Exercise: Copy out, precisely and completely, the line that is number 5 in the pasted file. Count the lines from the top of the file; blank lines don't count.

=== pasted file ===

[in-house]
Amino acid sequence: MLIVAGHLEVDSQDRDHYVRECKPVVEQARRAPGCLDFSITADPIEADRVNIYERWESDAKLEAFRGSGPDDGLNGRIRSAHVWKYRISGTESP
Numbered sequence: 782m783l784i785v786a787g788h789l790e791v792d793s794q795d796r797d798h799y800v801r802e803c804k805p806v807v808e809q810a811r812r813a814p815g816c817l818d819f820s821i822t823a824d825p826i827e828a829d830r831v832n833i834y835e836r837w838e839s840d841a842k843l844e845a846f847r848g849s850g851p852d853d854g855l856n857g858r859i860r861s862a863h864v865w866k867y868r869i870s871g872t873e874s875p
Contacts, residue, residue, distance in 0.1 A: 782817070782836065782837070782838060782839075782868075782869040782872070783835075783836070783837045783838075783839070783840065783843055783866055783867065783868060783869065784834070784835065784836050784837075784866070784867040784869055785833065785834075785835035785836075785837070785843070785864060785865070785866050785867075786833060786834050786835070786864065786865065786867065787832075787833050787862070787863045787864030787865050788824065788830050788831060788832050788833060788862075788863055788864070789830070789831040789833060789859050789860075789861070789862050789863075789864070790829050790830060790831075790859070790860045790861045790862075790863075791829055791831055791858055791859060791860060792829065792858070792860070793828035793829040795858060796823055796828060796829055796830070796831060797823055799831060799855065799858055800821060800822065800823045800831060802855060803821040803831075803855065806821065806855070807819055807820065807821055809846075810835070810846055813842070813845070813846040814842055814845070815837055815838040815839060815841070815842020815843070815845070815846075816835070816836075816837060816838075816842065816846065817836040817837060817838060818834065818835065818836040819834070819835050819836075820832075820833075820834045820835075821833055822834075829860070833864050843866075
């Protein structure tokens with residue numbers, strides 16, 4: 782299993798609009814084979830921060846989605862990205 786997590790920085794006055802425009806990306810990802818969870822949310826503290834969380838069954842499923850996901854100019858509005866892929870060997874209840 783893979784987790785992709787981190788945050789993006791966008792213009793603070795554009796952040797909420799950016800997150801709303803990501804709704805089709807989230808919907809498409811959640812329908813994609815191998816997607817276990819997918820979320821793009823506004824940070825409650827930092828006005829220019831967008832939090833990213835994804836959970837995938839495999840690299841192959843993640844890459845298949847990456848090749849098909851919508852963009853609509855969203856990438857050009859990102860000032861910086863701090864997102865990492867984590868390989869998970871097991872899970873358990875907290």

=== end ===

């Protein structure tokens with residue numbers, strides 16, 4: 782299993798609009814084979830921060846989605862990205 786997590790920085794006055802425009806990306810990802818969870822949310826503290834969380838069954842499923850996901854100019858509005866892929870060997874209840 783893979784987790785992709787981190788945050789993006791966008792213009793603070795554009796952040797909420799950016800997150801709303803990501804709704805089709807989230808919907809498409811959640812329908813994609815191998816997607817276990819997918820979320821793009823506004824940070825409650827930092828006005829220019831967008832939090833990213835994804836959970837995938839495999840690299841192959843993640844890459845298949847990456848090749849098909851919508852963009853609509855969203856990438857050009859990102860000032861910086863701090864997102865990492867984590868390989869998970871097991872899970873358990875907290």